After the earth-shattering events of the previous film in which “The Special” Emmet (Chris Pratt) defeated the evil Lord Business (Will Ferrel), alien invaders have leveled the city he and Lucy (Elizabeth Banks) once called home into what is now referred to as “Apocalypseburg.” Reminiscent of the sun-scorched wasteland featured in the Mad Max franchise, the Lego denizens have become hardened and savage, and yet comically, our beloved Emmet is as happy-go-lucky as ever as he strolls the streets still singing his favorite pop song Everything is Awesome.
Lucy, also known as Wyldstyle, on the other hand, prefers to brood and narrate the bleakness of the desolate situation, and gets frustrated with Emmet’s cheerful nature. Meanwhile, General Sweet Mayhem (Stephanie Beatriz) of the alien army abducts Lucy and several other master builders to attend a wedding between Batman (Will Arnett) and the alien queen Watevra Wa-Nabi (Tiffany Haddish). Emmet then builds a space ship to give pursuit, and after crossing a rift in space and time, meets the galaxy-trotting renaissance man Rex Dangervest (also Chris Pratt).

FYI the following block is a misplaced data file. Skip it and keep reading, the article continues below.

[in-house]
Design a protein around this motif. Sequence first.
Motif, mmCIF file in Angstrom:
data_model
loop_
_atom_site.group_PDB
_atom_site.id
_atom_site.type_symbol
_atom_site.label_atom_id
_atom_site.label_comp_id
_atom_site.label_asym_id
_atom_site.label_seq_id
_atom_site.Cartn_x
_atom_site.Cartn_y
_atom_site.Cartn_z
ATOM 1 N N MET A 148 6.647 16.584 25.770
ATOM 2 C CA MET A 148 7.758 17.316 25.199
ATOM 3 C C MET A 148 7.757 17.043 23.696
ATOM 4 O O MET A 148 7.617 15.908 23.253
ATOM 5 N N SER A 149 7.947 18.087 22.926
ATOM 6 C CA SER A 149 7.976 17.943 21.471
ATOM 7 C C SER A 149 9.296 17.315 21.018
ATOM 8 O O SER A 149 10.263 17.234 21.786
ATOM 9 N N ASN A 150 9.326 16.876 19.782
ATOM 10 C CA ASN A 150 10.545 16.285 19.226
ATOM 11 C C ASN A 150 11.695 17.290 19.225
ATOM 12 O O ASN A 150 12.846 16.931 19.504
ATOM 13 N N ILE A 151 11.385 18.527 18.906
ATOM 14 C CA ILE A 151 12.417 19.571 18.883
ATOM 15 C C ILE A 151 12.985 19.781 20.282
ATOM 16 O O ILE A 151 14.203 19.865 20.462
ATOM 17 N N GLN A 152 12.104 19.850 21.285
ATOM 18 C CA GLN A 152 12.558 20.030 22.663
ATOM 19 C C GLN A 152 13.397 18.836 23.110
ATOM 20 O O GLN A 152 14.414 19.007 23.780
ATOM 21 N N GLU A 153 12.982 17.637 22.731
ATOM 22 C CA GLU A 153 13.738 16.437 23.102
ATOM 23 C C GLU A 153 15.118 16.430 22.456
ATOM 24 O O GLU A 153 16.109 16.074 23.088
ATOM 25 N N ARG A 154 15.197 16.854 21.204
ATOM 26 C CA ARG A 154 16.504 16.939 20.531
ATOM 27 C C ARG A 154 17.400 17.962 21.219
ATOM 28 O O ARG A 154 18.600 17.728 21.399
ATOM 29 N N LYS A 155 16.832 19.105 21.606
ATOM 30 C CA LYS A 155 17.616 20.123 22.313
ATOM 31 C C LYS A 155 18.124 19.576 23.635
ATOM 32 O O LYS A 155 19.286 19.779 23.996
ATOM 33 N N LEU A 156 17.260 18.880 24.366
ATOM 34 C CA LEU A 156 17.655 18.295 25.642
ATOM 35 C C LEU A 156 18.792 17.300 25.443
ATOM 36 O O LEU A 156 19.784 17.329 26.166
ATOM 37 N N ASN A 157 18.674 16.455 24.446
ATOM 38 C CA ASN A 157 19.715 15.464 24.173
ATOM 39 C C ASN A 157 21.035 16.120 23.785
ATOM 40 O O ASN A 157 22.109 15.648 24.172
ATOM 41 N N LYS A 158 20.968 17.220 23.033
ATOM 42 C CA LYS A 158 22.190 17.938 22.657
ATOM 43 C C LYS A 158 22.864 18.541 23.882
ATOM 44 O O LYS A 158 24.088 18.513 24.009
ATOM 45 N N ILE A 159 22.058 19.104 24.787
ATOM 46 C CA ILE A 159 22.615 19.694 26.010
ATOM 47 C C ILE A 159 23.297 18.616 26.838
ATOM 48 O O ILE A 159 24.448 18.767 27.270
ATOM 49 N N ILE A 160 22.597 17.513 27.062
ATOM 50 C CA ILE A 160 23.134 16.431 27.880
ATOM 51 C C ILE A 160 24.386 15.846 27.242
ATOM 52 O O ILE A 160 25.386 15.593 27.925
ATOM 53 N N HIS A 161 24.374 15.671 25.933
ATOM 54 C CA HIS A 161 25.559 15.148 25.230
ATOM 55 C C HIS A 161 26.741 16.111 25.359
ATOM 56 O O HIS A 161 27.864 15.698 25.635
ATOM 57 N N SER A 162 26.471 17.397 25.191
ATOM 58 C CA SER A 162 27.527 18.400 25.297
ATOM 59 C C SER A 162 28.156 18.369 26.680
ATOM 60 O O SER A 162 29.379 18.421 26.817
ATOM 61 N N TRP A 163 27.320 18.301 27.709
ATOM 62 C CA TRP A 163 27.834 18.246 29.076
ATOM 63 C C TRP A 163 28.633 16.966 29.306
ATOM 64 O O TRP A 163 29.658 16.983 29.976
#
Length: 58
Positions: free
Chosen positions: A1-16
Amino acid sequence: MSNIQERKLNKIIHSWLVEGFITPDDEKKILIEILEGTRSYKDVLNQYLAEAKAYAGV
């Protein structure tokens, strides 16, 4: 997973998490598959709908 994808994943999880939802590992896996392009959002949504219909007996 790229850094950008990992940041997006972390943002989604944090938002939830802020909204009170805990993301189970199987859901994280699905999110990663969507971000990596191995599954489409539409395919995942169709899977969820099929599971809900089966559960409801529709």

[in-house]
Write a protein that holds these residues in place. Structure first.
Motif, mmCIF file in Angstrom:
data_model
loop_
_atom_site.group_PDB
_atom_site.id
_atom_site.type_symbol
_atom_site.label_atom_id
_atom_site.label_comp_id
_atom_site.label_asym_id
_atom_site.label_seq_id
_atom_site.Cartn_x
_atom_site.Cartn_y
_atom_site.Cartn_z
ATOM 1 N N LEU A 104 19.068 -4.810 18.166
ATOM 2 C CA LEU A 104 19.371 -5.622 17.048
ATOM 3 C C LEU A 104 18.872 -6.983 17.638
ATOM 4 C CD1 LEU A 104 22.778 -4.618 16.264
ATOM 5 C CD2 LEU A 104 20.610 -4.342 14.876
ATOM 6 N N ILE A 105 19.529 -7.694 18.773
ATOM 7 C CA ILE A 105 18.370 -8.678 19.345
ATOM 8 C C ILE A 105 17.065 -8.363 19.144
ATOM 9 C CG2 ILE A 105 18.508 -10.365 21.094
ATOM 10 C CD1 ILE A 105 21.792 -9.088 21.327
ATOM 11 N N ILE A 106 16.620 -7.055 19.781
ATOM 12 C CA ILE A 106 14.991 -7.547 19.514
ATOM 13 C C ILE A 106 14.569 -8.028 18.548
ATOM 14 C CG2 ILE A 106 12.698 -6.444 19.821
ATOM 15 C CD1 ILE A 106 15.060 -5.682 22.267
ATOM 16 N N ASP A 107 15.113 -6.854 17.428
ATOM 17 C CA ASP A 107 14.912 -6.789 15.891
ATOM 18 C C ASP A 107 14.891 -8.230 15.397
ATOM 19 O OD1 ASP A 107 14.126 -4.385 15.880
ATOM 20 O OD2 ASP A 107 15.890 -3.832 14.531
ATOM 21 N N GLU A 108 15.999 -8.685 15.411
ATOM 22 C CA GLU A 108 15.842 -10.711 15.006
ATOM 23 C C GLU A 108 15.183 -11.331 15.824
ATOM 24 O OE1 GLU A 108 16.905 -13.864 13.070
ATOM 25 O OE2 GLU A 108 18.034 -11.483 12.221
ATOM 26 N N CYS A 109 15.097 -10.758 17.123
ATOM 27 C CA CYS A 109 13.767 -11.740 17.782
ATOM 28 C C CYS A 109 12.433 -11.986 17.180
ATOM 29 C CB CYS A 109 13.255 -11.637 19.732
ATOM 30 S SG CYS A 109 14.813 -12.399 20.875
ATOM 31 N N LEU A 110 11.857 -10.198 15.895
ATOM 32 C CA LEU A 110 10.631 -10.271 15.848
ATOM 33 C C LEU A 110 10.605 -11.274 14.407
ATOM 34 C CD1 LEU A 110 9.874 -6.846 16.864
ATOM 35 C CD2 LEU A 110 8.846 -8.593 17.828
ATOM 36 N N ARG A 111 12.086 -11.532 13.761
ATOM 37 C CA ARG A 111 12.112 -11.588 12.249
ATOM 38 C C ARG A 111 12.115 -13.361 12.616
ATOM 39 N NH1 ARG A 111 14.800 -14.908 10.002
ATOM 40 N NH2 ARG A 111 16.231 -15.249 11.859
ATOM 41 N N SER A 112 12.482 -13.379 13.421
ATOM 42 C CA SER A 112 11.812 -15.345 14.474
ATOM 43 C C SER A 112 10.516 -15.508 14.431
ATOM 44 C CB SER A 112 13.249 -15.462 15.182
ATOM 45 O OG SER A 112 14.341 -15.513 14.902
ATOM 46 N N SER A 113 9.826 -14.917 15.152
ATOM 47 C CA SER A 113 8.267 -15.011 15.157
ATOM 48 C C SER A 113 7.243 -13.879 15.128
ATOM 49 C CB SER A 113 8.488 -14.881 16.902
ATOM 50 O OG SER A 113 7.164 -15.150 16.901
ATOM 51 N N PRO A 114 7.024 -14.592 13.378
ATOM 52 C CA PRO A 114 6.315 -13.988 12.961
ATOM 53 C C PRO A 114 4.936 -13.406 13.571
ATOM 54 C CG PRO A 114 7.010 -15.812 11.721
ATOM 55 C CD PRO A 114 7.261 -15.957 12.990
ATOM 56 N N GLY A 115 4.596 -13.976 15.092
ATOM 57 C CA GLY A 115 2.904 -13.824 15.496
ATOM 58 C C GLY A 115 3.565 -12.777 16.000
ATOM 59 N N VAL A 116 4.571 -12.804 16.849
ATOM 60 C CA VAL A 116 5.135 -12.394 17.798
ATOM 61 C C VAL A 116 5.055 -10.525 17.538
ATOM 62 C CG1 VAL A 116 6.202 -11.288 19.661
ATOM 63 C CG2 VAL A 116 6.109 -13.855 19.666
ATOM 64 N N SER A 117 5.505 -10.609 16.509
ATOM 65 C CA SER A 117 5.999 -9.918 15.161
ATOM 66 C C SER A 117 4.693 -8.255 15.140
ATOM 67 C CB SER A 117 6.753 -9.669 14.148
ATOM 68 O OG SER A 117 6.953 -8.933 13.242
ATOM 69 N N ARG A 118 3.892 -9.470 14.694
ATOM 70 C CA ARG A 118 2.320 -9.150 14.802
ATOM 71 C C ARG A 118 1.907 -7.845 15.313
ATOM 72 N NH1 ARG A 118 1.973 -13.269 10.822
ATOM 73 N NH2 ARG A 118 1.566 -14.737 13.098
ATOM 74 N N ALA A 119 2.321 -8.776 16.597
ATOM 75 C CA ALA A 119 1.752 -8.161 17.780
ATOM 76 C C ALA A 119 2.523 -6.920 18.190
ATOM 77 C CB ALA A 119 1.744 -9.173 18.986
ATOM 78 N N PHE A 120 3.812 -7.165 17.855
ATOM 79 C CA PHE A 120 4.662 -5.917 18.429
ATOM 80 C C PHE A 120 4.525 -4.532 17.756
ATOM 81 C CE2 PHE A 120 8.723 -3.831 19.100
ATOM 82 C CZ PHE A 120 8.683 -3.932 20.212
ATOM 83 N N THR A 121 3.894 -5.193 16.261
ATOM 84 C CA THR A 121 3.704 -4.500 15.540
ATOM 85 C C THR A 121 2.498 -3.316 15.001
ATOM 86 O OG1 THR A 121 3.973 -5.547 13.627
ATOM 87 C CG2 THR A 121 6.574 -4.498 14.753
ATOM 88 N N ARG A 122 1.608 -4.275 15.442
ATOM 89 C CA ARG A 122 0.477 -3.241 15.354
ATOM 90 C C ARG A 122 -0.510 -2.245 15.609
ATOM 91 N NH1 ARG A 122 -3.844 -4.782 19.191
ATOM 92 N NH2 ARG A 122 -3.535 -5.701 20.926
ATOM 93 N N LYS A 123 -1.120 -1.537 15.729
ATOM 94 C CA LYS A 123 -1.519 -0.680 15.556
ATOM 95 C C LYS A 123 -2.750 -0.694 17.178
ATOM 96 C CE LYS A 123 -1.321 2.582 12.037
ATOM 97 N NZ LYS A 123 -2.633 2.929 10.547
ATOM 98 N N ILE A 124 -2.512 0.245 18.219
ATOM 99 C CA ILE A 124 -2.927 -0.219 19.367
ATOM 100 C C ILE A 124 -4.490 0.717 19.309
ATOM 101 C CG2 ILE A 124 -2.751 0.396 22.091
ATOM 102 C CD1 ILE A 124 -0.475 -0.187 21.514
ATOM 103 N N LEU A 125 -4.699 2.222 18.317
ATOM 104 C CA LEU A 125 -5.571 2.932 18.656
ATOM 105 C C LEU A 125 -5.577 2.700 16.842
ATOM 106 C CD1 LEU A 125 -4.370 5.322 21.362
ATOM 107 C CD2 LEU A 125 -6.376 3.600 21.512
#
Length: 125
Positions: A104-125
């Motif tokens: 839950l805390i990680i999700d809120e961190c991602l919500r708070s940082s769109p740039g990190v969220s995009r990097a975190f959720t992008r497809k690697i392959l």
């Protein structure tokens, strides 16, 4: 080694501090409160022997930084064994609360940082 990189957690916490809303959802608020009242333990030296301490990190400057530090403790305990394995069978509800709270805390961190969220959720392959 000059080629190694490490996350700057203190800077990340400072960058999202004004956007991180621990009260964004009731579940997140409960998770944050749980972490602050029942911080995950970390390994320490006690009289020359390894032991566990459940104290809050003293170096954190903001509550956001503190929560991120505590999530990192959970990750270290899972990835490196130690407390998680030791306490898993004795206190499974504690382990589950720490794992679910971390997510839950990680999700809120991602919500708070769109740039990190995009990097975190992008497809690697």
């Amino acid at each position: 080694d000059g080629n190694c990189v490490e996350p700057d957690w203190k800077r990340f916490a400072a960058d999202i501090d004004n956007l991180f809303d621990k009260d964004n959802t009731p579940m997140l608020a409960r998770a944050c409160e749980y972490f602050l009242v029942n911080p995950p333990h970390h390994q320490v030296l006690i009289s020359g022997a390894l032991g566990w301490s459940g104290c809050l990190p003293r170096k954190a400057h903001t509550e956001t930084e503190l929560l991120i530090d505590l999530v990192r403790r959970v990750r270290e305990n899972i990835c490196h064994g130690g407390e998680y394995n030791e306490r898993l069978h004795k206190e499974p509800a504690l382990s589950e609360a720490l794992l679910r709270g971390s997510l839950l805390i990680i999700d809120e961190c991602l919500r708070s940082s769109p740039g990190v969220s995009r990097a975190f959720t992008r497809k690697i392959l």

If that doesn’t sound child-like and imaginative to you, I don’t know what does. Like the first, the plot of The Lego Movie 2: The Second Part mirrors the first in its ability to mimic the frantic nature of a little kiddo’s mind at work. And also like the first, every storytelling tidbit is an extended metaphor brought to life by actual children at play with the Legos in the “real world.” There isn’t as much clever application here of the elementary aspects of Legos, or as much implicit meaning born of societal observations, but there is still plenty here to love for both children and adults.